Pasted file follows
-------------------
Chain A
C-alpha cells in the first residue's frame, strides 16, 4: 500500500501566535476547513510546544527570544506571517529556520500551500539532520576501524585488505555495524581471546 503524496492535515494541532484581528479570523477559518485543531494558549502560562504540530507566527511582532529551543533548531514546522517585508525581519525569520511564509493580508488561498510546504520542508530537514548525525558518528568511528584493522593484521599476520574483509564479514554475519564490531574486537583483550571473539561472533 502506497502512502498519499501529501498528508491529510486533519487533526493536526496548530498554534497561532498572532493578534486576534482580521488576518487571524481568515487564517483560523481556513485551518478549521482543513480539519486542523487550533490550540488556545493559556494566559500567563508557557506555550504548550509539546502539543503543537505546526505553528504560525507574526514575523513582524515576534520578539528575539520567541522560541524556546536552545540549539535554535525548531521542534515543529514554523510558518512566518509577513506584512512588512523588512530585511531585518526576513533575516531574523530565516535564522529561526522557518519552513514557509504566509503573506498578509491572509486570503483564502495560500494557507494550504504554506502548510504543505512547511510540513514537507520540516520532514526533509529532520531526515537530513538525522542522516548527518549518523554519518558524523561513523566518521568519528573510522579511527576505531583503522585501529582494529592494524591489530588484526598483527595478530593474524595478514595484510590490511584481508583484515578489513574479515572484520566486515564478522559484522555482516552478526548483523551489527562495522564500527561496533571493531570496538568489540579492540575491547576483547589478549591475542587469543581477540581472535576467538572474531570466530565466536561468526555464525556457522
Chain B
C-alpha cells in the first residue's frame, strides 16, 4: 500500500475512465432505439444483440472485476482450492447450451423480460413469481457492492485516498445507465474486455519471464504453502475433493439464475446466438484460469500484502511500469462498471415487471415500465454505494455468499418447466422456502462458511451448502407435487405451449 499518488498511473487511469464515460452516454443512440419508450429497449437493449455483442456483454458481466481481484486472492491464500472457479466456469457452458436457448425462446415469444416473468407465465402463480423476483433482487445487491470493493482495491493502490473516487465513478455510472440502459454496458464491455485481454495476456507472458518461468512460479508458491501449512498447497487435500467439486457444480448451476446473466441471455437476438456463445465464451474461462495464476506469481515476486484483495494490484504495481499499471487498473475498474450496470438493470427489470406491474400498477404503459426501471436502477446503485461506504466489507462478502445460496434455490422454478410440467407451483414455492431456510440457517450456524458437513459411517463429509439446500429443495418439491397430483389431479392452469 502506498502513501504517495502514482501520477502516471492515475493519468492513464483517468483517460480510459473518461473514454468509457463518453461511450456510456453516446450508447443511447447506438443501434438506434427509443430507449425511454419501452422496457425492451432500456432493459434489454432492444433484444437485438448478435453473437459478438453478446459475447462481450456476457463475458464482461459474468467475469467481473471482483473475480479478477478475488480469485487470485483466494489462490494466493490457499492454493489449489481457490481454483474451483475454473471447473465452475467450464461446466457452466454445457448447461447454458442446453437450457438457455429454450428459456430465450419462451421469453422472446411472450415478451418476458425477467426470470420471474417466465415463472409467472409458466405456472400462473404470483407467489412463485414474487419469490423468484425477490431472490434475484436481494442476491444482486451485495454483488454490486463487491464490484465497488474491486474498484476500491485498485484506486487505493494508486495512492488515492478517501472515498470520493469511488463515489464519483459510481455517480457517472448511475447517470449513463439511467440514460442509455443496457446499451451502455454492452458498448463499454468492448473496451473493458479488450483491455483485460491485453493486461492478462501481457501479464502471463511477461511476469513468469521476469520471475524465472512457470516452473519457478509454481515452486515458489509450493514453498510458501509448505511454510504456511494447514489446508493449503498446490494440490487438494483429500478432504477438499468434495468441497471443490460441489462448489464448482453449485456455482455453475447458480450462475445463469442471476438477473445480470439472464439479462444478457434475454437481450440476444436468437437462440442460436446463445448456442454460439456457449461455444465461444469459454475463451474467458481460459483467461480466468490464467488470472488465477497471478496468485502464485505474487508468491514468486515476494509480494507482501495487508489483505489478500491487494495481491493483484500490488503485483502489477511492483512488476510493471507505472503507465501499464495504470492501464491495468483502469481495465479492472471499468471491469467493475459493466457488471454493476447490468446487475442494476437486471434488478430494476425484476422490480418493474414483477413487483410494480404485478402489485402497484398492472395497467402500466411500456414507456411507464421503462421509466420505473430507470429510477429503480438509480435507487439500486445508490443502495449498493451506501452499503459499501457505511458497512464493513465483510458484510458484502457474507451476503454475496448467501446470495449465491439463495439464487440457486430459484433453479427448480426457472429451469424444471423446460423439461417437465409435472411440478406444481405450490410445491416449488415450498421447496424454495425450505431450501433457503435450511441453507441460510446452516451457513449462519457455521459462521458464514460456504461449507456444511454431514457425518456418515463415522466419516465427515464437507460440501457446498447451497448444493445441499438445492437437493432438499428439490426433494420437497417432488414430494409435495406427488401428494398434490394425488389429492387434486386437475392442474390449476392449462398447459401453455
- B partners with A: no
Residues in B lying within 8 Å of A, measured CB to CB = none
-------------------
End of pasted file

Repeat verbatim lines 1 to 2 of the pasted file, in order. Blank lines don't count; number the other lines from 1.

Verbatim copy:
Chain A
C-alpha cells in the first residue's frame, strides 16, 4: 500500500501566535476547513510546544527570544506571517529556520500551500539532520576501524585488505555495524581471546 503524496492535515494541532484581528479570523477559518485543531494558549502560562504540530507566527511582532529551543533548531514546522517585508525581519525569520511564509493580508488561498510546504520542508530537514548525525558518528568511528584493522593484521599476520574483509564479514554475519564490531574486537583483550571473539561472533 502506497502512502498519499501529501498528508491529510486533519487533526493536526496548530498554534497561532498572532493578534486576534482580521488576518487571524481568515487564517483560523481556513485551518478549521482543513480539519486542523487550533490550540488556545493559556494566559500567563508557557506555550504548550509539546502539543503543537505546526505553528504560525507574526514575523513582524515576534520578539528575539520567541522560541524556546536552545540549539535554535525548531521542534515543529514554523510558518512566518509577513506584512512588512523588512530585511531585518526576513533575516531574523530565516535564522529561526522557518519552513514557509504566509503573506498578509491572509486570503483564502495560500494557507494550504504554506502548510504543505512547511510540513514537507520540516520532514526533509529532520531526515537530513538525522542522516548527518549518523554519518558524523561513523566518521568519528573510522579511527576505531583503522585501529582494529592494524591489530588484526598483527595478530593474524595478514595484510590490511584481508583484515578489513574479515572484520566486515564478522559484522555482516552478526548483523551489527562495522564500527561496533571493531570496538568489540579492540575491547576483547589478549591475542587469543581477540581472535576467538572474531570466530565466536561468526555464525556457522